As we discussed in “The Darr Documents, Part 1; Curing the Overruns,” Chuck Williams interviewed Sheriff John Darr for the Columbus Ledger-Enquirer on June 28th, 2015. Having covered the disparity between what Darr says and what the numbers say about his budget overruns, I’m now going to take a look at 3 more topics covered in that interview; the discrimination judgment against Darr, his version of the events that led of to his current litigation against the taxpayers of Columbus, and the litigation itself. Once again, I will compare Darr’s answers and Mayor Tomlinson’s response to the documents and numbers to see if we can make some sense of all this.
The discrimination case, and ultimate judgment against Sheriff Darr was one of the more unseemly chapters in Columbus politics in the last few years. And yet, Sheriff Darr doesn’t seem to have reflected much on what the court determined he did wrong. This is what he had to say to Chuck Williams:
“Williams: As you look back, you’ve had personnel matters. And I guess any sheriff or any administrator in city government is going to have personnel matters. But you have had some personnel matters that have ended up in litigation. Were you prepared for that when you started that job?”
“Darr: No, you don’t expect that.”
“Williams: As you have worked through, you had a lawsuit where a federal judge ordered you to make a promotion from within the department.”
“Williams: And you have done that, right?”
“Darr: Oh, yessir.”
“Williams: Did that lawsuit that was brought by three female deputies, ending up to be two, did that lawsuit damage this department in any way?”
“Darr: Yeah, I believe it did a little bit at the time. I think like a lot of things, time heals a lot of stuff.”
“For me, it did not. And when you say damage, it would be my relationship with those involved or anybody. … And you know me, Chuck. In this position, you cannot let things like that affect you. At the end of the day, you still have to do what is best for the Muscogee County Sheriff’s office and going about our job.”
“Now, when I say yes, I think for some individuals within the sheriff’s office, their names were mentioned during the lawsuit, they might have some ill will or ill feelings toward the individual. But, I don’t think it’s much. You don’t hear anyone talking about it anymore.”
“Williams: Is the department stronger or weaker as a result of those lawsuits?”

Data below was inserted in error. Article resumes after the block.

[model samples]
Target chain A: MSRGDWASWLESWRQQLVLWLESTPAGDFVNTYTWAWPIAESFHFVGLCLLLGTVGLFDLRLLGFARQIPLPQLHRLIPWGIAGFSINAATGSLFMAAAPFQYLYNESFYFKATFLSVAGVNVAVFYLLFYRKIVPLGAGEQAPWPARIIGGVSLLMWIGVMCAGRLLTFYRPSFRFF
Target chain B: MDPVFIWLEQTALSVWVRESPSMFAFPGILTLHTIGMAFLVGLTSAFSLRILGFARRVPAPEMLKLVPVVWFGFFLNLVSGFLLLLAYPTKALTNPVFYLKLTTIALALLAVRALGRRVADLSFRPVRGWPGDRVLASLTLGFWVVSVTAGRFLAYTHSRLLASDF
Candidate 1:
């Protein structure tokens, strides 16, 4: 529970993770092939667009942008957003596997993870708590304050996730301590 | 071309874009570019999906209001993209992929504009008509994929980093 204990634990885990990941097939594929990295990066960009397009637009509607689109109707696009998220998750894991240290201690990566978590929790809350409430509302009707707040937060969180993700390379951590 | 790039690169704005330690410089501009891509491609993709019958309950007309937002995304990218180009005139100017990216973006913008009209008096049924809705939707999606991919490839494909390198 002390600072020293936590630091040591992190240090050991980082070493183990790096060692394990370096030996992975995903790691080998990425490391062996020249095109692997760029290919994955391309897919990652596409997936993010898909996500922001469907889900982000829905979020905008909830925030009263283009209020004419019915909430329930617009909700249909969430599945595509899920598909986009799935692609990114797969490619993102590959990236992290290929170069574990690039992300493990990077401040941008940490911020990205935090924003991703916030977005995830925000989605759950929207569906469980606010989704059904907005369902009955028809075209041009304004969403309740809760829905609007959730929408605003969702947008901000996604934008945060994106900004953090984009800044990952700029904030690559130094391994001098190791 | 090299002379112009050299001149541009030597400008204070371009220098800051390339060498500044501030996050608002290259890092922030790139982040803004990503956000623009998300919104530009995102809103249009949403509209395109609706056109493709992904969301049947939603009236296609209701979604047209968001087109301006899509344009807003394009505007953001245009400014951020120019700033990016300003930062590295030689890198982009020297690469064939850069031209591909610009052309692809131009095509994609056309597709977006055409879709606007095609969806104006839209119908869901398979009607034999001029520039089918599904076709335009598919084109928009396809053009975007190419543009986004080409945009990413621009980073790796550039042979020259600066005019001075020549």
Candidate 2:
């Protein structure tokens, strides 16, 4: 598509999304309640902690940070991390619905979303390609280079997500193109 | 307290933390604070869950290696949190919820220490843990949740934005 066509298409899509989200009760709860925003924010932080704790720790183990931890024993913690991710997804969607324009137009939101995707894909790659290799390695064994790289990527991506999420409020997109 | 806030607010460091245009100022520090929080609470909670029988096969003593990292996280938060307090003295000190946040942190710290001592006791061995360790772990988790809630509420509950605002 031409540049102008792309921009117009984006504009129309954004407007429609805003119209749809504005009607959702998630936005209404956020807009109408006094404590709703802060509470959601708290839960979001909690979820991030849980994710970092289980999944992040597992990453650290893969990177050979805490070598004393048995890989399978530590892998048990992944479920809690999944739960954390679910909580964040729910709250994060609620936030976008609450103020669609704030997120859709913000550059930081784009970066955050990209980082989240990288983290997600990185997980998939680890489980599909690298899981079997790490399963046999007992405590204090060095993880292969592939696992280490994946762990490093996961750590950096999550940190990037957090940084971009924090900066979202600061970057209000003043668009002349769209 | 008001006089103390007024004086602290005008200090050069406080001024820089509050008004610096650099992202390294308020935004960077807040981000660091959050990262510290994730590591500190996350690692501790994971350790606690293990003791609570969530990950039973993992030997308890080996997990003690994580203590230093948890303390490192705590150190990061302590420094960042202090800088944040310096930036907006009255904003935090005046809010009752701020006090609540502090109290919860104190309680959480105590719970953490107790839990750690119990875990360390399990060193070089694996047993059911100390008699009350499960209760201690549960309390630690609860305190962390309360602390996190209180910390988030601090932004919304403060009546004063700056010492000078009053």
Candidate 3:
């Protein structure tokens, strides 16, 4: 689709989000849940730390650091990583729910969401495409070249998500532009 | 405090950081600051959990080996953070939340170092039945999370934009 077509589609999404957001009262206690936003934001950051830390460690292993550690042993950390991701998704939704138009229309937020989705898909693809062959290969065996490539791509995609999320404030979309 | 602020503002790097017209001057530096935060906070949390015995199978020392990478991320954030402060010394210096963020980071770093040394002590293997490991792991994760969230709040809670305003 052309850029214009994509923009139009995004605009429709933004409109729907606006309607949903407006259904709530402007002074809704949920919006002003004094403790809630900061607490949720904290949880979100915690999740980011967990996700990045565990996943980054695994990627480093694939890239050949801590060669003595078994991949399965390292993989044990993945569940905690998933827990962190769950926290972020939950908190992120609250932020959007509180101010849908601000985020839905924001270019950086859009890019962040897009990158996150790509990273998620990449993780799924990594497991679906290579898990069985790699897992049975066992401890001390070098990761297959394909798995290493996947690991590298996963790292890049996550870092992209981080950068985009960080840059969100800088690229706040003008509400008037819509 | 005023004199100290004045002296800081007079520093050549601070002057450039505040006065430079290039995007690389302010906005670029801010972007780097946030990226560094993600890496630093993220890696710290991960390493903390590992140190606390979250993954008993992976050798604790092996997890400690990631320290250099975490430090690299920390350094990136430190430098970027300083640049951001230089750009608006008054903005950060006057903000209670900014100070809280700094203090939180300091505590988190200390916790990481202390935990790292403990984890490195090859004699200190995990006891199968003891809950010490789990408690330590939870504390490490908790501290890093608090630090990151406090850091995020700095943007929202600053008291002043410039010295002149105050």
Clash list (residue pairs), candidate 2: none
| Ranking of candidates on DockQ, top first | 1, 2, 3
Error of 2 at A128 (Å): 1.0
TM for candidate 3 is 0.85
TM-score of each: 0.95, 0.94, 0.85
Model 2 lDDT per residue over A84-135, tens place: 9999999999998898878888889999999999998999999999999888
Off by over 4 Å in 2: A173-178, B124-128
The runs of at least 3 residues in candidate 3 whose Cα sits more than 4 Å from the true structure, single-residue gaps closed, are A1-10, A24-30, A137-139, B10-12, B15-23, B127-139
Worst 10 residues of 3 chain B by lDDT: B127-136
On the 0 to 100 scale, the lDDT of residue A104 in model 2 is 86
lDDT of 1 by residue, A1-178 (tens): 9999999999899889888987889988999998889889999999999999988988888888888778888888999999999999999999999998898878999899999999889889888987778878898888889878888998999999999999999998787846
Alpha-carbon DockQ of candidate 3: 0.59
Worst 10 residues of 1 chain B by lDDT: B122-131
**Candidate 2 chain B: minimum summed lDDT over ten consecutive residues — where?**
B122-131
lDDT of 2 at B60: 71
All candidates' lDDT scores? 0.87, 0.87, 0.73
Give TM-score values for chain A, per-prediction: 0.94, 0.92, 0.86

“Darr: Stronger or weaker, I don’t know. That’s a good question, Chuck. I wish I could give you a better answer. I don’t think it’s weaker, but would I sit here and say that it’s stronger? I don’t know that I would say it’s stronger.”
Behind the clown pants stories
, there are a few things the public should take away from this episode. Let’s start with the fact that part of Darr’s defense team, which the city paid for, came from Page Scrantom. I find it pretty remarkable that the same guy who was so happy to have representation with a specialty in the type of lawsuit against him THEN, now criticizes the city for taking the same measures to protect the citizens FROM him. That alone just floors me.
But there was something a judge said in dismissing some of the charges against Darr that I find particularly interesting. Two of the plaintiffs alleged that Darr took retaliatory acts against them because they had supported his political opposition. One of the plaintiffs claimed she was demoted in May 2010 and told by a supervisor that Darr “wanted her out of uniform,” ordering her to dress in civilian clothes from then on and stripping her of her right to carry a service weapon. The suit stated that the plaintiff retained arrest power, but she could no longer wear the Sheriff’s Office uniform (affecting her ability to earn money part-time). Judge Land ruled
that because of the nature of the relationship between a sheriff and his or her deputies, requiring political loyalty as a job requirement does not violate the Constitution. In other words, it’s OK if Darr took revenge on them because of their politics. Again…pretty interesting coming from a guy who likes to insinuate that other elected officials are playing politics.
And lastly, I’m deeply disturbed by the Sheriff’s lack of reflection on the legal judgment that he had indeed discriminated against career officers based on their gender. I am left to wonder if his record of promoting officers is now more equitable than the first 20 months of his administration: 21 of 22 promotions going to men, 2 women demoted and replaced by men, and 2 women found by the Superior Court to be passed over for promotion based on their gender. What does Sheriff Darr have to say? “…You cannot let things like that affect you” coupled with what I assume is some empathy for the male officer promoted over the 2 plaintiffs. Really? When the court says you have discriminated and retaliated against your own employees…maybe you need to think on that long enough to affect how you go forward.
Despite the fact that Darr said he didn’t have anything to say about his current lawsuit against the citizens of Columbus, he went on to say quite a bit. Unfortunately, much of what he said just doesn’t match up with the documents.
“Williams: You just went through a budget process where the proposed budget by Mayor Tomlinson recommended eight of your investigators be transferred to the Columbus Police Department. Do you feel that was a fair request on her part?”